South Africa's Fordoun: Holiday within a holiday
Relaxing in this dairy farm turned into a state-of-the-art luxury hotel, enjoying the peace and tranquillity at the 350-hectare property and indulging in activities like horse riding - Fordoun Hotel and Spa is a bonanza for those travelling to Durban.
Situated in the green pastures of Nottingham Road, which has a history dating to the 1800s, the destination is a two-hour drive from Durban.
Built into and around the original 1860s settler homestead and barns as well as the 1950s dairy and cattle sheds, the eight-year-old sprawling property works like a healer for those who want a break from the city's hustle and bustle.
"The main thing about Fordoun is to relax. We would like people to feel they are in a heaven for relaxation," Jon Bates, the owner and the brain behind the destination, told IANS.
"We are a business inside a farm. When you drive down the avenues of trees leading to Fordoun, you almost feel you are driving into another world. Particularly for people who want to get away from people.
"We have designed it in such a way that even when we are full, it must not feel full," he added.
One of the highlights of the property is Spa treatment, and Bates advises guests to book in advance through www.fordoun.com to enjoy all the activities at and around it.
Once relaxed and rejuvenated, one can indulge in various other activities.
"It's important for a hotel like us to consider all the activities in the area including ours as part of our product. For instance, there are good restaurants in the area - if people want, we make arrangements for them," Bates said.
Walking on trails, mountain biking, swimming and gyming, and horse riding - one can do a lot when there.
"We don't do horse riding at Fordoun, we send guests to three different places - one is close to the mountain to ride a special breed of horses called Appaloosa. We recommend Appaloosa to those who don't have too much experience because it's very easy to ride," said Bates, adding that guests have to pay extra for the activity.
Also on offer are British and Indian style horse riding, which again is a paid activity.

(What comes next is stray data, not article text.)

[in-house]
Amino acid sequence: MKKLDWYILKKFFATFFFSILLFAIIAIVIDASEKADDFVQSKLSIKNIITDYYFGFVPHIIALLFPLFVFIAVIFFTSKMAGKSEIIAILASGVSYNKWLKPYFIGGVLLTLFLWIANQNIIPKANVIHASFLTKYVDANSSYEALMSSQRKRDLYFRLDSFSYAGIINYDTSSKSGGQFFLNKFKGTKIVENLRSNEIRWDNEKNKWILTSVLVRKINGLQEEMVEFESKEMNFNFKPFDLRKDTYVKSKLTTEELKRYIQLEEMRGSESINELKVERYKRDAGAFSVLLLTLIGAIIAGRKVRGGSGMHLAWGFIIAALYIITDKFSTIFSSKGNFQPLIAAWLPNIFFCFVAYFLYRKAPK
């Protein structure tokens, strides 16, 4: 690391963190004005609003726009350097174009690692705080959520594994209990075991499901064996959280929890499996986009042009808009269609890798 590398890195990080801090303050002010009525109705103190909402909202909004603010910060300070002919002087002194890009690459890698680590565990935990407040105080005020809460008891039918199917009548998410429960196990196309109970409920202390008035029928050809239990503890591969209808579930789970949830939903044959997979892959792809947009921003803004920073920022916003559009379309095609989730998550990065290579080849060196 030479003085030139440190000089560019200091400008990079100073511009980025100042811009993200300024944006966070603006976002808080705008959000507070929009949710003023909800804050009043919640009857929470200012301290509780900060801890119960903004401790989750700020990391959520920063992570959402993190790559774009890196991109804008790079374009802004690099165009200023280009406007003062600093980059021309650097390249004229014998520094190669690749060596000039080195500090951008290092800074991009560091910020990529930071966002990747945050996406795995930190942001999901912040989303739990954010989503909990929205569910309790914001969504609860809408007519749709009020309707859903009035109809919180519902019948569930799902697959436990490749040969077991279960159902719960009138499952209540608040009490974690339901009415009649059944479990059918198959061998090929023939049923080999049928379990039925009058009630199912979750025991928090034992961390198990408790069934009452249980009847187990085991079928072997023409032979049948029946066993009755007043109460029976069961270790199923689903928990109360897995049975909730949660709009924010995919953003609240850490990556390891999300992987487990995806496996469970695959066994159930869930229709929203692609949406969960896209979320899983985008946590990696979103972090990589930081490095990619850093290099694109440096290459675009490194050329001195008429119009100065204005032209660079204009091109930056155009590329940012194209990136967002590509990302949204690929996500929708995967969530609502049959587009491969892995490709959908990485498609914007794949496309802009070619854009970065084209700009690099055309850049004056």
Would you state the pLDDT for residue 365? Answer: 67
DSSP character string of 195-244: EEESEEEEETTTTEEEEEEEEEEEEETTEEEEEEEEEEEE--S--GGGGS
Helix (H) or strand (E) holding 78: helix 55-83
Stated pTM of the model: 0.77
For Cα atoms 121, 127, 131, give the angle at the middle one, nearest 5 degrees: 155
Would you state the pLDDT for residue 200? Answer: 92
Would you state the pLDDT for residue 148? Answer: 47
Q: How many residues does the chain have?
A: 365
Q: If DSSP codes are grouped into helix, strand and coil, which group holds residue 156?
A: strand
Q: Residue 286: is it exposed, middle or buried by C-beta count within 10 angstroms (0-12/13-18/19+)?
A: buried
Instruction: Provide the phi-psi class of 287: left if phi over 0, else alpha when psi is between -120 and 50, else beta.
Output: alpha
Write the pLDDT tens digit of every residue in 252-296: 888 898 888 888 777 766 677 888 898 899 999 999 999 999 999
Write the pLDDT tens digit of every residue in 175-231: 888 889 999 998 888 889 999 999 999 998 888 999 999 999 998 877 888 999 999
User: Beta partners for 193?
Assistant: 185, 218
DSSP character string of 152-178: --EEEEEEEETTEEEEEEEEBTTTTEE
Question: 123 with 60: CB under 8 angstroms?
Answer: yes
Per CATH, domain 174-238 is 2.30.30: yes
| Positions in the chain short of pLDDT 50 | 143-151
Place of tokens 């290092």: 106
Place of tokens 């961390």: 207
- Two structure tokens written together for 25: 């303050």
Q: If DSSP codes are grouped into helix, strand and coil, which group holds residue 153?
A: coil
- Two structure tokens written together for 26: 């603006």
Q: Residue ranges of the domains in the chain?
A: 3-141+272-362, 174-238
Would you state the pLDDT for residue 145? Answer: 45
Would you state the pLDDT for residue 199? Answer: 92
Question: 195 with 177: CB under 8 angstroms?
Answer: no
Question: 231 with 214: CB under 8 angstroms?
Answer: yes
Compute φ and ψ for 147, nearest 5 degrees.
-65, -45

The hotel arranges for special guides to take people to the mountains to view ancient Bushman paintings, but to enjoy such outdoor activities, fitness is important.
Other places that could be visited are a giant castle, battlefields and local schools.
Guests have to pay extra for activities that entail guides.
If you still have the time, try quad biking, shop at Midlands Meander and look at ceramics, including the world famous Ardmore ceramic art.
Bates informed that Ardmore is the best example of high value Zulu creative art that is exported all over the world.
Also enriching is visiting dairy farms.
"Many people have not seen a cow being milked by a machine and this would be the ideal opportunity for such people," Bates added.
Footfalls at the property are satisfactory with 70 percent occupancy throughout the year. Of the visitors, 10-15 percent guests are international travellers.
"We have priced it for the South African market. We do not have a separate price for overseas tourists. So, being priced for South Africa makes us affordable to overseas tourists and that's one of our biggest appeals," said Bates.
"Our business module is being up-market, but affordable," he added.
Bates comes from an advertising background and when asked how he got into the hospitality business, he said that a developer wanted to develop the area but was turned down as he decided to do it himself.
"I decided to do it personally. I have a close friend and architect and it took us about two years to develop the hotel. We were nervous as my background was different, but it was a good learning experience," he said.
"We created something which I believe is something unique. I love this property," he said, adding that he invested 15 million rands (Rs.93 million/USD 1.5 million) to develop it.
"Which is not a lot. We worked cleverly and used a lot of materials existing on the farm. We tried to bring old bricks, not to save money, but to have an old feel about the place," he said.
As far as his other activitie go, Bates indulges in cattle farming and also grows indigenous African plants like Artemisia Afra and hypoxis, commonly known as African potato used for making oil, soaps and scrubs.
"Virtually everything that one come across in their rooms or in the spa is made here," he said.
Fordoun started yielding profits within the first six months.
"We sell packages and some of them include spa treatment," he said.
One part of the farm is nature reserve too.
How to get there:
Several airlines operate direct flights from New Delhi and Mumbai to Durban. An economy class round ticket costs in the region of Rs.60,000.
From Durban, Fordoun is a two-hour drive.
Tariff: A Superior room costs 2000 rands and a luxury room 950 rands. This is inclusive of VAT, breakfast and free use of the pools, sauna, steam room, jacuzzi, gym and floatation pool at the spa.
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(Posted on 31-10-2013)